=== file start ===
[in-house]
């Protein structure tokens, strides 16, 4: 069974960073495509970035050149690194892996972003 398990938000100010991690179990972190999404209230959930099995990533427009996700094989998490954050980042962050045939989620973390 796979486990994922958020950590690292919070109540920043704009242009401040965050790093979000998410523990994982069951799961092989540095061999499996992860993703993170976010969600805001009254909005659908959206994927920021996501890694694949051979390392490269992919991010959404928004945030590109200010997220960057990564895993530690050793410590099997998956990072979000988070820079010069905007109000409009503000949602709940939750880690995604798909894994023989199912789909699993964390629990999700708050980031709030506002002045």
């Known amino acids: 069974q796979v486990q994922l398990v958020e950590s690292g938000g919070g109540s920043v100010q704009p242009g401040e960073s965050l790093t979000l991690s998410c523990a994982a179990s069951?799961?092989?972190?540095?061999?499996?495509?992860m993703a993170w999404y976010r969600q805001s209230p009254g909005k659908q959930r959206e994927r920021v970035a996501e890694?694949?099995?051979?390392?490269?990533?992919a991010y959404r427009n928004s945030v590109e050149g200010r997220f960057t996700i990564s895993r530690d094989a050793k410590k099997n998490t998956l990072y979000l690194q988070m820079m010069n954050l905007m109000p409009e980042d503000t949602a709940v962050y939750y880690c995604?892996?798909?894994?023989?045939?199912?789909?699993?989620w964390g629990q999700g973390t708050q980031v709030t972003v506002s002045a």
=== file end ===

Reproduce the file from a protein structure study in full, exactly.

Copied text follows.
[in-house]
């Protein structure tokens, strides 16, 4: 069974960073495509970035050149690194892996972003 398990938000100010991690179990972190999404209230959930099995990533427009996700094989998490954050980042962050045939989620973390 796979486990994922958020950590690292919070109540920043704009242009401040965050790093979000998410523990994982069951799961092989540095061999499996992860993703993170976010969600805001009254909005659908959206994927920021996501890694694949051979390392490269992919991010959404928004945030590109200010997220960057990564895993530690050793410590099997998956990072979000988070820079010069905007109000409009503000949602709940939750880690995604798909894994023989199912789909699993964390629990999700708050980031709030506002002045």
């Known amino acids: 069974q796979v486990q994922l398990v958020e950590s690292g938000g919070g109540s920043v100010q704009p242009g401040e960073s965050l790093t979000l991690s998410c523990a994982a179990s069951?799961?092989?972190?540095?061999?499996?495509?992860m993703a993170w999404y976010r969600q805001s209230p009254g909005k659908q959930r959206e994927r920021v970035a996501e890694?694949?099995?051979?390392?490269?990533?992919a991010y959404r427009n928004s945030v590109e050149g200010r997220f960057t996700i990564s895993r530690d094989a050793k410590k099997n998490t998956l990072y979000l690194q988070m820079m010069n954050l905007m109000p409009e980042d503000t949602a709940v962050y939750y880690c995604?892996?798909?894994?023989?045939?199912?789909?699993?989620w964390g629990q999700g973390t708050q980031v709030t972003v506002s002045a």